3.1.3 Round Robin test

As described, the Round Robin test was performed on the reference sample etched with Beraha at different partners’ laboratories. The microstructure of the sample at the top, middle, and bottom of the weld zone is shown in Fig. 7. As may be seen, the distribution of ferrite is uniform and only a few fine ferritic regions between austenite grains may be found. The sample, therefore, is suitable for a Round Robin test, as it has a microstructure with a suitable distribution of ferrite and proper ferrite to austenite contrast in all regions.
Fig. 7

Microstructure of the top, middle, and bottom of the 6-mm GTAW reference sample cross section etched with modified Beraha showing a uniform distribution of ferrite and austenite with high contrast

The ferrite fraction of the reference sample on the weld centerline measured in the different laboratories is shown in Fig. 8. The locations where micrographs were taken are shown in Fig. 2. The trend of ferrite fraction variation from the weld zone to the base metal is similar in all laboratories. SMT measured the highest and OS the lowest ferrite fractions in general. Based on Fig. 2, the first eight micrographs taken by each laboratory were judged to be from the weld zone. However, to minimize the risk of measuring the ferrite fraction in the HAZ, only the first six micrographs from each laboratory were used. The ferrite fractions of the weld zone were within the same range and no unexpected fractions were recorded.
Fig. 8

The ferrite fraction in the 6-mm-thick GTAW remelted sample measured by different partners. By considering Fig. 2 and micrographs, it was decided to use the first six images for comparison as they are more probable to be located at the same position

As explained in the experiment, OS measured ferrite fraction on the etched sample (without re-etching) using different microscopes. As OS received the reference sample from SMT in the etched condition, the ferrite fraction measured by SMT and OS with the different microscopes are illustrated in Fig. 9. Comparison of Fig. 8 and Fig. 9 reveals that the variation between laboratories with re-polishing and re-etching the sample can have a similar effect as changing the microscopes without altering other variables. The combinations of different microscopes and cameras, as well as a slight change in the location of the micrographs, are likely explanations for scatter in results obtained with different microscopes.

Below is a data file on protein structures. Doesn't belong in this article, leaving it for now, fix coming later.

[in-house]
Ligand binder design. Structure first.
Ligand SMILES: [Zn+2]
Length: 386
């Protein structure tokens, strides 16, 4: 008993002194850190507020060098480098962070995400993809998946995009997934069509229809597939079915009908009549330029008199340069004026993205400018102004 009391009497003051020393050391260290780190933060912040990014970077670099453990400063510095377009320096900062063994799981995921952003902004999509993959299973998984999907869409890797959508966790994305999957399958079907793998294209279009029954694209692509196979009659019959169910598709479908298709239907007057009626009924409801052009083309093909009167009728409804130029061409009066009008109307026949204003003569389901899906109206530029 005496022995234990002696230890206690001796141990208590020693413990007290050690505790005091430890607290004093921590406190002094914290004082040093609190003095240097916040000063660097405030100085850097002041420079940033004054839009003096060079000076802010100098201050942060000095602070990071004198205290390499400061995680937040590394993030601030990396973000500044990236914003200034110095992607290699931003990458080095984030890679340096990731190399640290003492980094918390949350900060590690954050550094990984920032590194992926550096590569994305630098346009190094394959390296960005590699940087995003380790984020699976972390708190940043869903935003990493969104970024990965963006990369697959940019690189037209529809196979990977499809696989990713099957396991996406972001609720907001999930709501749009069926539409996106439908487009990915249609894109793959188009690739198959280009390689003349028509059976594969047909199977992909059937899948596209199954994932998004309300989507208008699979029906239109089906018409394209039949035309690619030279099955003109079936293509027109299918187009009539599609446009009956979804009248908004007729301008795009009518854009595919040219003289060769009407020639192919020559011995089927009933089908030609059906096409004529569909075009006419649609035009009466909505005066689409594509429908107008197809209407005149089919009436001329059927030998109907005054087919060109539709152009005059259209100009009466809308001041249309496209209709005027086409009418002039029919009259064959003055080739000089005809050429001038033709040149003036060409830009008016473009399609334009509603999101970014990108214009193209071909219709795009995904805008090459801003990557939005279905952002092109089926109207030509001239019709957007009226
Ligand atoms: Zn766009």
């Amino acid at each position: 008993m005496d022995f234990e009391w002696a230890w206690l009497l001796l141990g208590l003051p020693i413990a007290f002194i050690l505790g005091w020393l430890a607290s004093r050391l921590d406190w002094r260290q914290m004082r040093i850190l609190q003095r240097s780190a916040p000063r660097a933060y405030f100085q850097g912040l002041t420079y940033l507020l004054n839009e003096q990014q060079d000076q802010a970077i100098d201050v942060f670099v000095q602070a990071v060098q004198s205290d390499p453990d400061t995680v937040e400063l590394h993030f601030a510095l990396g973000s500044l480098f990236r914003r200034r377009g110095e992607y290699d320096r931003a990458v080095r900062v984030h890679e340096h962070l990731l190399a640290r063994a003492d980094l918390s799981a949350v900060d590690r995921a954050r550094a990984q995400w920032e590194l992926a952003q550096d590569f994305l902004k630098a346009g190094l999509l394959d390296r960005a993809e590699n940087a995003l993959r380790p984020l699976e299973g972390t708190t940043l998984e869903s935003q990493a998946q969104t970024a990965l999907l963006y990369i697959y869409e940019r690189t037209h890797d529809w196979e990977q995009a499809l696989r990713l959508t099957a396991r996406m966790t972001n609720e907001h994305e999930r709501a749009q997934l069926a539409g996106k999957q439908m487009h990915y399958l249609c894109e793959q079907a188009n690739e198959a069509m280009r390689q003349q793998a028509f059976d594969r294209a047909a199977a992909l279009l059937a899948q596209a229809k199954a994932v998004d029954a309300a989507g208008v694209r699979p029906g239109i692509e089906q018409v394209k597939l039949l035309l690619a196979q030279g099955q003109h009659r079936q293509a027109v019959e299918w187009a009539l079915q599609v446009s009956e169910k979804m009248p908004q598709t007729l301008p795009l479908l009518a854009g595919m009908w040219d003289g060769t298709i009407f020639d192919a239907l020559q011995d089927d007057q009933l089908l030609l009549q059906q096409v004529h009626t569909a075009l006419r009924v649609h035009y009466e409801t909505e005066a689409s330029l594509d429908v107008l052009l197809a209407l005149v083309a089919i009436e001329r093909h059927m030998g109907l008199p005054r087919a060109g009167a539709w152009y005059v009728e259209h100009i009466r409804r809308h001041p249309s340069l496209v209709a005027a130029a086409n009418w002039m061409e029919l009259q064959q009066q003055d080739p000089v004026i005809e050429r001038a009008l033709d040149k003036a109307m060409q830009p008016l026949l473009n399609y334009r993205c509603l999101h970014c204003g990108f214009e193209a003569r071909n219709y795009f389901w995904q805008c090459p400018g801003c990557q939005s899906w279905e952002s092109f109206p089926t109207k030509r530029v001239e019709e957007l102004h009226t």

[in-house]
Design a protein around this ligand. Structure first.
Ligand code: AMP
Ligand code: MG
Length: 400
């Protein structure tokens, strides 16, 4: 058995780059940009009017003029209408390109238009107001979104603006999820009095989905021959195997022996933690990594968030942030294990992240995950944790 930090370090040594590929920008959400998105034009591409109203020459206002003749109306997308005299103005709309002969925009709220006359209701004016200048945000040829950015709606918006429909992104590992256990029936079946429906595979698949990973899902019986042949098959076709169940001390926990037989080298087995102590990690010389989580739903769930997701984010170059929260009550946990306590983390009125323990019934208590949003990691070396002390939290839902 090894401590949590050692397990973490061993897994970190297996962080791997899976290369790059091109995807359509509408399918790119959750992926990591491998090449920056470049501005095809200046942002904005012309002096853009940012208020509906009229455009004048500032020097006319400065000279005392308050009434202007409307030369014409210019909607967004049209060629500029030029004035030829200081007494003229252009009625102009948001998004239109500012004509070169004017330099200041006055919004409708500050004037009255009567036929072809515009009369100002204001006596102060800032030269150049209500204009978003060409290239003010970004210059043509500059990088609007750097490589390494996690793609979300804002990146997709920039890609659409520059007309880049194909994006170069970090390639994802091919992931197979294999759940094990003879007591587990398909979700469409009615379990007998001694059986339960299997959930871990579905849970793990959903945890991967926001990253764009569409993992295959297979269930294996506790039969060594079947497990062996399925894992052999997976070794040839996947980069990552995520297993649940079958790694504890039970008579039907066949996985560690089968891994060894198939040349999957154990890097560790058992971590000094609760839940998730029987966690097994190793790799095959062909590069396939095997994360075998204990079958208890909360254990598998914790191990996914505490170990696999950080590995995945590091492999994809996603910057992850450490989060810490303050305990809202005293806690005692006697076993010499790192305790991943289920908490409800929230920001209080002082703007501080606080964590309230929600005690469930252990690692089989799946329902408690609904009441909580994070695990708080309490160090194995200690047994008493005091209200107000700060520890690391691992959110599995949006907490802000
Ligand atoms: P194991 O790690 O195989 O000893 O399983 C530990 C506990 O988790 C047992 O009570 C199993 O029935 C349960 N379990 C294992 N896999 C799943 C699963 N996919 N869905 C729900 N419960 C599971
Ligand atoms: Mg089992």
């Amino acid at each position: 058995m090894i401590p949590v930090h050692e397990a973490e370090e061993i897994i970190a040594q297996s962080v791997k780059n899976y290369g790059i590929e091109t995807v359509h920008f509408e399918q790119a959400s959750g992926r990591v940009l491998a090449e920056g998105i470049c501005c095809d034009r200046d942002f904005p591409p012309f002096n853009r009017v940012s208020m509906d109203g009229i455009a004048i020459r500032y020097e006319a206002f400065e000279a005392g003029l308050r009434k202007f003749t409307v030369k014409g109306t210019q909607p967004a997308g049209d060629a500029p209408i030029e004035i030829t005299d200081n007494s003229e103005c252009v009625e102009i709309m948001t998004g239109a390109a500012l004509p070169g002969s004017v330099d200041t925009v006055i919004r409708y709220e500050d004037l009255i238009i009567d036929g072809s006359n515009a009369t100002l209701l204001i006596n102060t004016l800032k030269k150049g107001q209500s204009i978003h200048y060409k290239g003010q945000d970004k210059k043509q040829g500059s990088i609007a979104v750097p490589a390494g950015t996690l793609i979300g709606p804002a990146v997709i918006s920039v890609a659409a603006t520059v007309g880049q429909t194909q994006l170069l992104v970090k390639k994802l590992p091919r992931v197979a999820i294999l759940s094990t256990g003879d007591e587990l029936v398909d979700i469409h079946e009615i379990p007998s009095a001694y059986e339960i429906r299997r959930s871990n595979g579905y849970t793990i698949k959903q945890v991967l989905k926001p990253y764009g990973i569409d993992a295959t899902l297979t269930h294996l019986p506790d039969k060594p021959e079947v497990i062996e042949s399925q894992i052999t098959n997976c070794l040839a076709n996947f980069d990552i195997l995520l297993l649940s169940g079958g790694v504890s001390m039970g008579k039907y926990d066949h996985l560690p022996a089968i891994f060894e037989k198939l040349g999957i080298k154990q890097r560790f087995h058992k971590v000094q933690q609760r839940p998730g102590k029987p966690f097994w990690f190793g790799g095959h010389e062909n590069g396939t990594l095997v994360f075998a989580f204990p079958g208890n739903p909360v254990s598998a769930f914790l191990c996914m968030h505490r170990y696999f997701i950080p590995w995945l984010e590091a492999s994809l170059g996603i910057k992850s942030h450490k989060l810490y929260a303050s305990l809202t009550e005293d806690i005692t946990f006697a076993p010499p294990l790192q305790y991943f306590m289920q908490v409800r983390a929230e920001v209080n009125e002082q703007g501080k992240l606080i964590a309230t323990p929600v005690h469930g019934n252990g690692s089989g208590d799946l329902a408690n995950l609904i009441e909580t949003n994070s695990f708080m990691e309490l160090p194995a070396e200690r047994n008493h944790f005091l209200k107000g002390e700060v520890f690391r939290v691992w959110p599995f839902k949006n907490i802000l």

Fig. 9

The ferrite fraction in the cross section of the reference sample (6 mm GTAW remelted) measured with different microscopes in Outokumpu and Sandvik for the same etched sample

The average ferrite fractions of the weld zone measured by the partners are detailed in Table 4. As may be seen, the average ferrite fraction measured by different partners and different microscopes is within the range between 65.8 ± 2.4% and 70.7 ± 3.1%. Including the standard deviation for the maximum and minimum ferrite fractions, they show an overlap at 67.6–68.2%, which is exactly within the range that was measured by EBSD. It, therefore, shows that ferrite fraction measurements are repeatable in different laboratories and using different microscopes.
Table 4

The average ferrite fraction of weld zone for each partner

Lab

Microscope

Ferrite fraction (%)

Standard deviation (%)

95% interval (%)

University West

Olympus

68.3

2.1

2.1

Swerea KIMAB

Leica IM DRM

68.5

0.7

0.8

Sandvik Materials Technology

Reichert MEF4M

70.7

3.1

3.2

Outokumpu Stainless AB

Olympus

67.0

2.0

2.1

Zeiss

65.8

2.4

2.5

Optimas

67.4

3.8

4.0

As detailed in Fig. 9 and Table 4, the SMT values are higher than those for other participants. The reason is not clear, but a possible explanation could be the setting of the threshold in the IA software.

To conclude the Round Robin results, ferrite fraction measurements performed at different laboratories showed a very small variation, which was in the range of changing the microscopes in the same laboratory. The results were very reproducible and accurate. Therefore, the IA technique on modified Beraha etched samples is suitable for measuring ferrite fraction in SDSS single-pass welds.

3.2 Ferrite fraction and ferrite number for single-pass welds

The next step was to measure the ferrite fraction for the 14 single-pass welds produced with different welding parameters and to find the relationship between ferrite fraction and ferrite number. The locations used for ferrite fraction and number measurements in each weld are shown in Fig. 2. To find the relationship between the ferrite fraction and number, the measurements on the cross section of the welds are expected to give the best correlation. Therefore, the ferrite number measurements were performed exactly on the same locations where the ferrite fractions were measured.

The relationship between ferrite fraction and number in the cross section of the weld zones is shown in Fig. 10a. A formula was extracted by linear regression between numbers and fractions valid for the ferrite fraction range of 45–65% as follows:
$$ \mathrm{Ferrite}\ \mathrm{Number}\ \left(\mathrm{FN}\right)=1.057\times \mathrm{Ferrite}\ \mathrm{fraction}\ \left(\%\right) $$
(1)
Fig. 10

The relationships between average ferrite fraction and ferrite number for the 14 single-pass welds: a the cross section of weld metal and b the top of the cross section and surface of the welds